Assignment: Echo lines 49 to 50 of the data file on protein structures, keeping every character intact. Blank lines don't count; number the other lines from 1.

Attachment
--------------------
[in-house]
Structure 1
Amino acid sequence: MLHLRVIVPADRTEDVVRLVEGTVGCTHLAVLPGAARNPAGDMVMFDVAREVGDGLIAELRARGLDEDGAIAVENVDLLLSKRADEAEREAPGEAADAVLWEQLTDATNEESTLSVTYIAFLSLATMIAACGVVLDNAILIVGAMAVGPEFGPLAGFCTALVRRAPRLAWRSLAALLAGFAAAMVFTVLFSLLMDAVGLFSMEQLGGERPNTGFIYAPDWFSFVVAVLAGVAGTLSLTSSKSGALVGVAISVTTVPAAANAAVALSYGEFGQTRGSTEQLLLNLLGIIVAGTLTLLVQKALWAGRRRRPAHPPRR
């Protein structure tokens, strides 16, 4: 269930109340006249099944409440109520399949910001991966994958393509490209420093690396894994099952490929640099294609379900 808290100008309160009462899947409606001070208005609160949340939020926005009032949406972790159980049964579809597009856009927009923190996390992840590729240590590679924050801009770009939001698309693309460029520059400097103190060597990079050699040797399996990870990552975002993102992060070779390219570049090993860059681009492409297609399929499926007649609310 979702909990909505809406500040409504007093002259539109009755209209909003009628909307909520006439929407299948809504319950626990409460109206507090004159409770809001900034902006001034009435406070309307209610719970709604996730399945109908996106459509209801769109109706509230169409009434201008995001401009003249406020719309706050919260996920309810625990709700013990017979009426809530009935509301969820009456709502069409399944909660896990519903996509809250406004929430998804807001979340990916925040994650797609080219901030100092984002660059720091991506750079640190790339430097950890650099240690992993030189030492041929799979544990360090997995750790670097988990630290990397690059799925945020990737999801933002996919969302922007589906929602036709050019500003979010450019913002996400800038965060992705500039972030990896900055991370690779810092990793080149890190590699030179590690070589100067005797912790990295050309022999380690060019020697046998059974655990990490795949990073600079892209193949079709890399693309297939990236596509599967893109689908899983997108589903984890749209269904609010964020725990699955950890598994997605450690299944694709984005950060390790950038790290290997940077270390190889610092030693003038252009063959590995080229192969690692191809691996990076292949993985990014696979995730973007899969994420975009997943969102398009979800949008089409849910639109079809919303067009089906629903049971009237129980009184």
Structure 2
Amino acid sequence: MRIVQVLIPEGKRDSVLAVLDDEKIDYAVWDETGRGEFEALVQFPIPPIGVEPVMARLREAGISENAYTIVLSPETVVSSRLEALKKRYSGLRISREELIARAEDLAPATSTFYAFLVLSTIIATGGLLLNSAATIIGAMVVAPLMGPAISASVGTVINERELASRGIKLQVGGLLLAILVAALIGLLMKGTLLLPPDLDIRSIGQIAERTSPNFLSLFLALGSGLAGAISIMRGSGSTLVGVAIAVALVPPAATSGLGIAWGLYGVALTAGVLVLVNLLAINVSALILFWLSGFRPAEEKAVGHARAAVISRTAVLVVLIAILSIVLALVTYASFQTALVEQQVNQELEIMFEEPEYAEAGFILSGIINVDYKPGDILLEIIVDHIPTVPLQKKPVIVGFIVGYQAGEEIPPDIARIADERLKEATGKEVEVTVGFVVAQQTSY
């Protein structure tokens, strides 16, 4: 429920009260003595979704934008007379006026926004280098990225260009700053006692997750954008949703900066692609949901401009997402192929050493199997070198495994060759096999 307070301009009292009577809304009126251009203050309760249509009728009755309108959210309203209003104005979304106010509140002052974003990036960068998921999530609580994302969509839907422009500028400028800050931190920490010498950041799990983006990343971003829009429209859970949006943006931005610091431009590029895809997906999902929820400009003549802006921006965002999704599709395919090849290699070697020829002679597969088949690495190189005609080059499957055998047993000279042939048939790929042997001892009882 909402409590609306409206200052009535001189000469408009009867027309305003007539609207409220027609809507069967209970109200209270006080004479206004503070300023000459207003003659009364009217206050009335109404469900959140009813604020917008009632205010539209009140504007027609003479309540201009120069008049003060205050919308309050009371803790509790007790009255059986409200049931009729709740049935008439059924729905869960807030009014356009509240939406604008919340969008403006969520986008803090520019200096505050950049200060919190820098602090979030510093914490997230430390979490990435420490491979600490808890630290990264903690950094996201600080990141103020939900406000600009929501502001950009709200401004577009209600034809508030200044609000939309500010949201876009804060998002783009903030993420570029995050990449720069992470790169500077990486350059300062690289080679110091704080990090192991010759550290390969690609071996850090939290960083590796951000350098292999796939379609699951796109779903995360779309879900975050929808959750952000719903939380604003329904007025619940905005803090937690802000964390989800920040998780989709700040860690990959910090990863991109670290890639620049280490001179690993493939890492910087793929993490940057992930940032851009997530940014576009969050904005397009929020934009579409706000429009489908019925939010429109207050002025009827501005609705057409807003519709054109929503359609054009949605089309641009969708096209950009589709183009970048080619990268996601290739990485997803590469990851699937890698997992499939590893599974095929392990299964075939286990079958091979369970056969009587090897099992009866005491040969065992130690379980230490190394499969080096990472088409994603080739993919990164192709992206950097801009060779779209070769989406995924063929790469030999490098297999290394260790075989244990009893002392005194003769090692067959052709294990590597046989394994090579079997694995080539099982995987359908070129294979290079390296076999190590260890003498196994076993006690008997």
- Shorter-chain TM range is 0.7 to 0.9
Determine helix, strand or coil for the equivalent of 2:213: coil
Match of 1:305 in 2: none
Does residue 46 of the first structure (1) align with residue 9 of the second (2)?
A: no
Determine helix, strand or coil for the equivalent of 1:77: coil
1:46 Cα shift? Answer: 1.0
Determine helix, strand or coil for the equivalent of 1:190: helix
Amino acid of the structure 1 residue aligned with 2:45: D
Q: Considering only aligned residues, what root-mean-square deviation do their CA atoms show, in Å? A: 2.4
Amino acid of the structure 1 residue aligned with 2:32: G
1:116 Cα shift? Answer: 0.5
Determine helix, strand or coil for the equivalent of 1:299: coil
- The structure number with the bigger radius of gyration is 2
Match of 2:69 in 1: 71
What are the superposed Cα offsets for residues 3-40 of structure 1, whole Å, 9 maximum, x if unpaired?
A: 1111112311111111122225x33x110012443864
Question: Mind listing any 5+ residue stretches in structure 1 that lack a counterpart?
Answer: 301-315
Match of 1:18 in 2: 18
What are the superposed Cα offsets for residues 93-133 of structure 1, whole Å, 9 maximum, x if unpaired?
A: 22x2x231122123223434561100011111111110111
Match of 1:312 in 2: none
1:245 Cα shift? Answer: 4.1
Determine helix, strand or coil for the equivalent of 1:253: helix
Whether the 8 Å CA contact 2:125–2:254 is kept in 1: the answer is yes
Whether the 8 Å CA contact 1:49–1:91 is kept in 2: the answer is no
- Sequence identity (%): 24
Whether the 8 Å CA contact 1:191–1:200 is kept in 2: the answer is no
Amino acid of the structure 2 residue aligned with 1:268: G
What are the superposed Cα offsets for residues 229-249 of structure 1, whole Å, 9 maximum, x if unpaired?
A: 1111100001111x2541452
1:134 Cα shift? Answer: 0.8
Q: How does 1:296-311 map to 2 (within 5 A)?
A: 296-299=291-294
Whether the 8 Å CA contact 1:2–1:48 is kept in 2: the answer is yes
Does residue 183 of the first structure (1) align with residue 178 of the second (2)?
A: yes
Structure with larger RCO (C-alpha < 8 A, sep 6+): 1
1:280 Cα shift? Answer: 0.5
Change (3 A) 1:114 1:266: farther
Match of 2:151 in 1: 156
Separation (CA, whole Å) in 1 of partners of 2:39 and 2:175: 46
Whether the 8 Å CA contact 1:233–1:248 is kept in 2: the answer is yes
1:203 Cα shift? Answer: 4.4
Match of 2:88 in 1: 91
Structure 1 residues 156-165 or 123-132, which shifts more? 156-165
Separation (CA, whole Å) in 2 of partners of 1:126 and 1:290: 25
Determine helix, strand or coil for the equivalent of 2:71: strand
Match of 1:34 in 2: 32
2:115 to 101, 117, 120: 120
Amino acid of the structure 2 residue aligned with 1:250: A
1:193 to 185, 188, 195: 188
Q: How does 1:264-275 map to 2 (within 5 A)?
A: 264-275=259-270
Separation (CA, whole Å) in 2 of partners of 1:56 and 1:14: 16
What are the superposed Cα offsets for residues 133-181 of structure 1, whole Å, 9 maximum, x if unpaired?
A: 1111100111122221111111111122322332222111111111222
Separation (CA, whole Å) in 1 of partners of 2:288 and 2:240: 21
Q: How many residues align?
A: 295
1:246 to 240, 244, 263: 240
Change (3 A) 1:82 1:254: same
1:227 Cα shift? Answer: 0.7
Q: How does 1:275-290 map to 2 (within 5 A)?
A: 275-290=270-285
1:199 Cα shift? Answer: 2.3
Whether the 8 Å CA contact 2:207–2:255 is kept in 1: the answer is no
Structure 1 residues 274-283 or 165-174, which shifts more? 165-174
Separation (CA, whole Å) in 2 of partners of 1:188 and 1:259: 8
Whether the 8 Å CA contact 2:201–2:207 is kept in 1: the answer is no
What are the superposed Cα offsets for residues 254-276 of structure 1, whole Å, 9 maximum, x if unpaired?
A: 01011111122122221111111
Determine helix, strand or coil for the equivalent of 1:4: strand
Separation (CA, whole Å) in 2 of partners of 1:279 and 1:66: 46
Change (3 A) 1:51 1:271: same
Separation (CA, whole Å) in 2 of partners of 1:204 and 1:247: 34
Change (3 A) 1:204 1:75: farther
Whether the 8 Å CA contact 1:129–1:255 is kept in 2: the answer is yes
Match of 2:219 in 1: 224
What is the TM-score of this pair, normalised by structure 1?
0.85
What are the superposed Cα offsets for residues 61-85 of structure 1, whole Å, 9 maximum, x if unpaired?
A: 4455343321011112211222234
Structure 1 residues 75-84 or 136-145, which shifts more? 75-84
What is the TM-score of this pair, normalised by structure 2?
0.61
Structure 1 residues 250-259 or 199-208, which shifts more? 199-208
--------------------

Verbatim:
Match of 2:151 in 1: 156
Separation (CA, whole Å) in 1 of partners of 2:39 and 2:175: 46